The city of Dalton is the county seat of Whitfield County in the far north of Georgia, on the state’s border with Tennessee.
Like many cities in the southeast of the United States, Dalton developed around a rail depot in the first half of the eighteenth century.
This followed the forced removal of the Cherokee and Creek native Americans who had occupied the land.
Dalton was then forced to endure two battles during the American Civil War. As a result, it is recognised as having more civil war artefacts than anywhere else in the country, to add to its cultural and natural attractions.
Here are the 15 best things to do in and around Dalton, Georgia.
1. Western and Atlantic Railroad depot
Constructed in 1852, this railway station dates back to Dalton’s earliest years. The oldest serving commercial structure in the city, it was built using elements of the Greek Revival style of architecture common in the period.
The depot was one of the sites involved in the Unionist raid known as the Great Locomotive Chase that took place during the American Civil War.
The nearby freight depot built for the Southern Railway company contains the city’s visitor centre, a museum which delves into the world of the region’s railways and civil war history.
Beside the depot rail fans will also find a Pullman car dating from 1949.
2. Creative Arts Guild
Thought to be the oldest arts organisation in the state of Georgia, the Creative Arts Guild hosts regular art exhibitions at its gallery space.
Its garden also contains a series of sculptures from local and regional artists, showing off the best art of the moment.
Jonas Hall, part of the guild’s complex of spaces, hosts regular musical performances and concerts. There is also a gym, with equipment including parallel bars and vaults, that is used for classes and parkour (free running) events.
Should you be spending even the shortest amount of time in Dalton, it’s therefore well worth checking out the activities that might be taking place at the guild.
3. Dug Gap Battle Park
This Battle Park on Dug Gap Mountain is one of Dalton’s civil war relics. Its natural setting is a sobering reminder of the destruction of the war.
The site of a major battle, it has the remains of breastworks built by soldiers during the Union push towards Atlanta further to the south.
Overlooking Dalton from its western edge, the ridge at the top of Dug Gap Battle Park was used as a defensive line, which was able to hold back Unionist forces with just a few hundred men.
Reaching the ridge, visitors not only get to see the walls constructed as part of the defences, but also fantastic views across this part of north Georgia.
4. Raisin Woods Mountain Bike Trail
Only a short distance from downtown Dalton, the Raisin Woods Mountain Bike Trail provides an alternative means of getting into the great outdoors.
It contains seven individual courses for mountain bikers of all ages and abilities. For beginners, there’s the three kilometre ‘bear’ trail, while there are three courses of various lengths for intermediate riders.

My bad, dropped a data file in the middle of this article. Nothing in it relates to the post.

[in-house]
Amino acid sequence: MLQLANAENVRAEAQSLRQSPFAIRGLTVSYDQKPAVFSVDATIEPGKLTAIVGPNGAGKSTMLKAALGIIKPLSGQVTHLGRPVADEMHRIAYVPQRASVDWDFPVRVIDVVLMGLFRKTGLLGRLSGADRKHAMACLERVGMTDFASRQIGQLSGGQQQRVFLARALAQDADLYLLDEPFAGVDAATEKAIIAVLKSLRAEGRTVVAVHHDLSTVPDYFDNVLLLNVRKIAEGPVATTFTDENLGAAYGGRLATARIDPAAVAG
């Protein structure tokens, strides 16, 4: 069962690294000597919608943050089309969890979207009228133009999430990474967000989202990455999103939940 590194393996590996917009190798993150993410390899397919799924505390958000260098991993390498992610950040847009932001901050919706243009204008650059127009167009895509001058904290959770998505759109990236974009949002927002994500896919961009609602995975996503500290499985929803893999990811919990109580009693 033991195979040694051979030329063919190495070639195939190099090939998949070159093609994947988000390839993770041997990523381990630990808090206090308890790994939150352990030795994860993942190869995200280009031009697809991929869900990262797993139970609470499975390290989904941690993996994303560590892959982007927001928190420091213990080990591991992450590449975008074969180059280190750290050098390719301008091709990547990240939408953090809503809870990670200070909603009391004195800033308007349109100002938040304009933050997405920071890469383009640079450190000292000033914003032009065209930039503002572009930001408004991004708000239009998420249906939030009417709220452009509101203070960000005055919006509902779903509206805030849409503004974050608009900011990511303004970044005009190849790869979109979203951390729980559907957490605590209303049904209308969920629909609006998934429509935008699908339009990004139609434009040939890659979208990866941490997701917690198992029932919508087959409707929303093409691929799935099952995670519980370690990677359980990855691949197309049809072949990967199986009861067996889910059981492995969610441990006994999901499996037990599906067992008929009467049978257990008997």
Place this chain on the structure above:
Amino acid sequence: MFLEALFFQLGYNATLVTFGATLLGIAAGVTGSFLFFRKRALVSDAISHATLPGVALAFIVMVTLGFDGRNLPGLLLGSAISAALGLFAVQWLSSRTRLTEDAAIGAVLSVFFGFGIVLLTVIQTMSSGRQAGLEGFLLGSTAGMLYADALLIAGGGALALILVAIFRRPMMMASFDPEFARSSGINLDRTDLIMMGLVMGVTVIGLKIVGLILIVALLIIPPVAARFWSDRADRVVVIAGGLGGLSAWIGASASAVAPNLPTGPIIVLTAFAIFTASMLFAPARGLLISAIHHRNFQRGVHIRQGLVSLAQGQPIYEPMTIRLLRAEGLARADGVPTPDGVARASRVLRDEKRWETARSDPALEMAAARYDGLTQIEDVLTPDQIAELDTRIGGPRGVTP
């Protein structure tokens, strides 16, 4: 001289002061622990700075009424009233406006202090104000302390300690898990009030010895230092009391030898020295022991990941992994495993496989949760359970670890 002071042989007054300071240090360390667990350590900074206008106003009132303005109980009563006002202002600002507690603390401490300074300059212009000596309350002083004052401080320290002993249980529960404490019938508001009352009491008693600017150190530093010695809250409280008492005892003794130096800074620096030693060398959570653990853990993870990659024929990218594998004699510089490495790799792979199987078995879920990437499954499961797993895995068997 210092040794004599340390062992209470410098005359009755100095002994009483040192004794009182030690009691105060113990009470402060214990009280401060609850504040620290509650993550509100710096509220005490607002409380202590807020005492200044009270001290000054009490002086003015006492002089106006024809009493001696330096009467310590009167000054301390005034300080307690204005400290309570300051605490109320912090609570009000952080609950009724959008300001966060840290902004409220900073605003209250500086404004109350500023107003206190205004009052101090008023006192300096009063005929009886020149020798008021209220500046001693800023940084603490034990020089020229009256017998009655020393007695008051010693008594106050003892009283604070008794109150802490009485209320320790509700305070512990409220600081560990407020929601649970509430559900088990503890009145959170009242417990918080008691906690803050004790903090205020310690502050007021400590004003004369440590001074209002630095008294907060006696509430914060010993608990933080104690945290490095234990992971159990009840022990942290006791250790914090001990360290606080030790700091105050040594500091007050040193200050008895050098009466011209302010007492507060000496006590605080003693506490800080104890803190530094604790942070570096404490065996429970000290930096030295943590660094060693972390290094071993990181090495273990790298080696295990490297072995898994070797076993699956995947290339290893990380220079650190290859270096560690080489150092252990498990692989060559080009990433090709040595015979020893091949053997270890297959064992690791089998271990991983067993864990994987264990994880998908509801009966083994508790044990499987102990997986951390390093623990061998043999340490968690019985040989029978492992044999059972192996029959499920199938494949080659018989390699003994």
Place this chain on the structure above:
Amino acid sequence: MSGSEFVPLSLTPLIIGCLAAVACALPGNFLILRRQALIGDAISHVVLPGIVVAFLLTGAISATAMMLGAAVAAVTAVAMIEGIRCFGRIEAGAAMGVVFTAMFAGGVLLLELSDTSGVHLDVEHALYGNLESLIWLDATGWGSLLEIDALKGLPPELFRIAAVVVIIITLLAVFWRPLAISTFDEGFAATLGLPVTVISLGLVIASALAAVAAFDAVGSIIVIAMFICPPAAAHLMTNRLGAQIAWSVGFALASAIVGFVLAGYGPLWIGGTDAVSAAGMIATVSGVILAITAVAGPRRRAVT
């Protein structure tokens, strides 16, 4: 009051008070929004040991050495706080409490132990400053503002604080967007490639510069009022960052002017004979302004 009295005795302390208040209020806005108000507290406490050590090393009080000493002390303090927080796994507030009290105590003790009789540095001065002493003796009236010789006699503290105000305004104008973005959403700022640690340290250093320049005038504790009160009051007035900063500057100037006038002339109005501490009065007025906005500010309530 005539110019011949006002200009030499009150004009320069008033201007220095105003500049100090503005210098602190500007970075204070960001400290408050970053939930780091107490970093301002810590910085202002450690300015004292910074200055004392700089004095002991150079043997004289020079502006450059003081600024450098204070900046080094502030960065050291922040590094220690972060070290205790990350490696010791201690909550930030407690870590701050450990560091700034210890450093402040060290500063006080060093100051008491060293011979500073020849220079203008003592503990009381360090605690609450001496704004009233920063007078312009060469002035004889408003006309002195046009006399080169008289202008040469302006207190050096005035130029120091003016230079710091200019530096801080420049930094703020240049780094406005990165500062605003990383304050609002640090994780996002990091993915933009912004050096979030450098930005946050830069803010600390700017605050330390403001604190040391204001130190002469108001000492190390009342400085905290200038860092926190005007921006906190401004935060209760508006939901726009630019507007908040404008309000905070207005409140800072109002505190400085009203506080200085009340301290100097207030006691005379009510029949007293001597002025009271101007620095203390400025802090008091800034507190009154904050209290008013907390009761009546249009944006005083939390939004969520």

There are a further three trails for advanced mountain bikers. All seven wind there way around the woods and hilly landscapes of the area, and are well marked.
What’s more, in addition to mountain bikers, the trail also welcomes hikers and runners keen to make use of the same delightful space.
5. Hamilton House
An attractive looking brick home with a Greek Revivalist portico protruding from its main façade, Hamilton House was built in around 1841.
As such, it is known as Dalton’s oldest home, and is now occupied by a local history museum.
In addition to displays detailing the effects of the civil war on the new settlement, it also has exhibits on the city’s carpet industry, which began with a single Dalton lady making bedspreads by hand.
Visitors will also learn more about the native Americans who used to live in the region, and discover the works of Robert Loveman, a poet educated in Dalton.
His poem April Rain is well-known across the US, while another of his poems set to music was the official Georgia state song until 1979.
6. Dalton Falls Fun Center
For a little light entertainment, you might prefer the attractions of Dalton Falls Fun Center.
Here you’ll find a variety of activities, including a 27-hole miniature golf course complete with a waterfall and ponds.
Its football field is the location for outdoor laser tag, while the centre also has bumper cars that can be enjoyed by both younger children and adults.
And should all this activity create some hunger, you can take advantage of the hand-dipped ice creams sold onsite too.
7. George W Disney Trail
Another relic from Dalton’s involvement in the American Civil War, the George W Disney Trail is first and foremost a walking trail that leads users up the sides of Rocky Face Mountain.
The location of the first battle of the Atlanta Campaign, from 8-10 May 1864, the trail ends at the grave of a volunteer to the southern confederate army called George Disney.
Almost lost, the gravesite was accidentally rediscovered by local boy scouts in 1912, when the marble stone that can be seen today was put in place.